For climb to cruise you need aero and thrust
For cruise, all you need is aero efficiency; modern engines have excess thrust at altitude

So, taking that back to OP question.
The lane is always trade-off - it never can take all payload and fuel into air. You need to trade fuel for payload or payload for fuel.
Back in the old days, more powerful engines managed to take more weight in the air, that raised range (for increased weight cost). See A330 classics, 777 for examples.
Last generation planes take advantage of bigger, better wing. See Boeings 787s, 777X, or Airbuses 330neo, 350. This allows them ULR with similar payload but at lower weights* and with less fuel.
Of course, this is as simple as possible, and as such it utilizes some not-so-true statements. They are here simply to avoid going too technical or over-detailed for simple understanding, please try not to prove I'm wrong. I know I am at some statements, and know exatly why. :)

Cheers, Adam

* neo/X are a bit different, since they are rebuilds of existing desings.
 
flipdewaf
Posts: 4168
Joined: Thu Jul 20, 2006 6:28 am

Re: The Long Range Playbook

Tue Sep 22, 2020 9:21 am

In a very basic sense, the further you want to fly the longer it will take you and staying in the air longer requires more fuel. Fuel weighs and so you need to add that to the weight of the aircraft hence your aircraft gets heavier.
If your aircraft is heavier it needs more thrust to stay in the air and also needs more thrust to get it up to the speed where it can fly.

Fred
Image
 
User avatar
77west
Posts: 1015
Joined: Sat Jun 13, 2009 11:52 am

Re: The Long Range Playbook

Wed Sep 23, 2020 12:40 am

EssentialPowr wrote:
77west wrote:
EssentialPowr wrote:
Thrust ratings typically correlate with MGTOWs. Heavier MGTOW, more thrust capability. That effectively keeps the thrust to weight ratio constant over the sub variant range of weights, thought most operators tend to select heavier variants as they are developed. The GE90s on the original Continental 777-200s were delivered “set” at 90000 lb thrust, and have been bumped up to I believe the max at 115000 lbs to maximize range and payload. Big check to GE, big bump in capability.


While it is true you can have a range of thrust options for the same engine; the GE90 on the 777-200 and -200ER is not the same engine as the GE90-115B on the -300ER and -200LR

It was derived from it but is bigger and has different internals and fan.


Different thrust ratings for different dash numbers of the same parent core is jet engine 101. The -94B vs -115B follow suit. The Cal 777-200s were bumped from 90000; not sure what the current PIP ratings are for the -94B. Specific values are negotiated on a per customer basis.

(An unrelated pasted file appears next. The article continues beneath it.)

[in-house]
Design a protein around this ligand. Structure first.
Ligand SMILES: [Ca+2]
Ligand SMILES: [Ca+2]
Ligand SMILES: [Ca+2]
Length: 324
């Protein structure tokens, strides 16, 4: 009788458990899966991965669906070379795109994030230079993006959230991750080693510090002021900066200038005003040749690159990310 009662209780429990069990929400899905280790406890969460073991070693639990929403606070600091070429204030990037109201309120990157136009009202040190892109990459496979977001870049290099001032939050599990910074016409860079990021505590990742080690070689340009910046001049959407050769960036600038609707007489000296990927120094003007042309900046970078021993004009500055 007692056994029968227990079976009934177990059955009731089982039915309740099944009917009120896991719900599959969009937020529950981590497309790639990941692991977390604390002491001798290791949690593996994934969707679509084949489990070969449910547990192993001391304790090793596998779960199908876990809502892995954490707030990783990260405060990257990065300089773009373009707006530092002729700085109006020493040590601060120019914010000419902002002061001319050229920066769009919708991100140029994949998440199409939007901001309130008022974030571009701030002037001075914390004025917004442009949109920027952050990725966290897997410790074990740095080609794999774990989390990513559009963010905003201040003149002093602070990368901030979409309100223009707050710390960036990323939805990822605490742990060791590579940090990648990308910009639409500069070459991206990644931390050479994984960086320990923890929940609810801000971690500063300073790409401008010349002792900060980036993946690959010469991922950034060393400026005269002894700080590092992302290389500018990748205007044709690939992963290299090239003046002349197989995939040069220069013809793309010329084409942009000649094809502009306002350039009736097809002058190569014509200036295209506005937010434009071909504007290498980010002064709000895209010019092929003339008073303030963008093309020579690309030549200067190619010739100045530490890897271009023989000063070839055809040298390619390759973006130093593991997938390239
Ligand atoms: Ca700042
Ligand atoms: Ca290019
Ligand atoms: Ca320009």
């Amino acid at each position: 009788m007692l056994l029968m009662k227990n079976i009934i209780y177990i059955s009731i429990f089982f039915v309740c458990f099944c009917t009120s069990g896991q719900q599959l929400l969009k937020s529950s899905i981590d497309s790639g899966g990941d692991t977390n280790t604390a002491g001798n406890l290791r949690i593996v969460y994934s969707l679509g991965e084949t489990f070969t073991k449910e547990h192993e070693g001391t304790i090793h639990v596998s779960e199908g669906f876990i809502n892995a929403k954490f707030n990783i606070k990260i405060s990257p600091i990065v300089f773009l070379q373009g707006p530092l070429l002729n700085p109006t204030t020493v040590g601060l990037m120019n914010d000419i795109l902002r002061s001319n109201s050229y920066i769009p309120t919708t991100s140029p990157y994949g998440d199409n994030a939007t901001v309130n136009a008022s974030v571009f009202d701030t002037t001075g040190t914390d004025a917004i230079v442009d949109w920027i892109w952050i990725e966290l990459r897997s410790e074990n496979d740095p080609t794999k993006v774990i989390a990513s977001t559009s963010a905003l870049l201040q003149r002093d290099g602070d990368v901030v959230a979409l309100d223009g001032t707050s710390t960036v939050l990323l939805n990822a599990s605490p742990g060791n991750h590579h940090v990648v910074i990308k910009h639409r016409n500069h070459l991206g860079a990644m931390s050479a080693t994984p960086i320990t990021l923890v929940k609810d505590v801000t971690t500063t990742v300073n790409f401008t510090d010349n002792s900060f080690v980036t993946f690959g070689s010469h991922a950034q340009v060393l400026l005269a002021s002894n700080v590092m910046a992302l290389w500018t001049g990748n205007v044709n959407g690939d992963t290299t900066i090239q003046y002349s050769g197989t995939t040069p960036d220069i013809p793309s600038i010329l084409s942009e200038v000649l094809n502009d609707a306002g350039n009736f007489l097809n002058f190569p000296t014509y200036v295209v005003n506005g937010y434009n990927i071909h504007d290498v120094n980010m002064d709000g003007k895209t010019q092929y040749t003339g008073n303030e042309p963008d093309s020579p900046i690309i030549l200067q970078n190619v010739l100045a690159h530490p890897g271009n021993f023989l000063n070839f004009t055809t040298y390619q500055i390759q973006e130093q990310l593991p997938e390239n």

The 90-94B and -115B are not the same engine... if thats what you were implying. The 90-90B and 90-94B are indeed a thrust plug change, as is the -110B and -115B. But you cant bump a -90B up to a -115B
77West - AW109S - BE90 - JS31 - B1900 - Q300 - ATR72 - DC9-30 - MD80 - B733 - A320 - B738 - A300-B4 - B773 - B77W
 
EssentialPowr
Posts: 1732
Joined: Wed Sep 06, 2000 10:30 pm

Re: The Long Range Playbook

Wed Sep 23, 2020 1:45 am

77west wrote:
EssentialPowr wrote:
77west wrote:

While it is true you can have a range of thrust options for the same engine; the GE90 on the 777-200 and -200ER is not the same engine as the GE90-115B on the -300ER and -200LR

It was derived from it but is bigger and has different internals and fan.


Different thrust ratings for different dash numbers of the same parent core is jet engine 101. The -94B vs -115B follow suit. The Cal 777-200s were bumped from 90000; not sure what the current PIP ratings are for the -94B. Specific values are negotiated on a per customer basis.


The 90-94B and -115B are not the same engine... if thats what you were implying. The 90-90B and 90-94B are indeed a thrust plug change, as is the -110B and -115B. But you cant bump a -90B up to a -115B


That’s why I noted “-94B VS -115B”; different cores. My guess is that there is a PIP coming for the -90B that takes it above 94000, as that particular PIP was from 2003, and aircraft get heavier as they age, and any thrust bumps are always beneficial from a performance standpoint if the costs can be justified.
 
User avatar
77west
Posts: 1015
Joined: Sat Jun 13, 2009 11:52 am

Re: The Long Range Playbook

Wed Sep 23, 2020 10:05 am

EssentialPowr wrote:
77west wrote:
EssentialPowr wrote:

Different thrust ratings for different dash numbers of the same parent core is jet engine 101. The -94B vs -115B follow suit. The Cal 777-200s were bumped from 90000; not sure what the current PIP ratings are for the -94B. Specific values are negotiated on a per customer basis.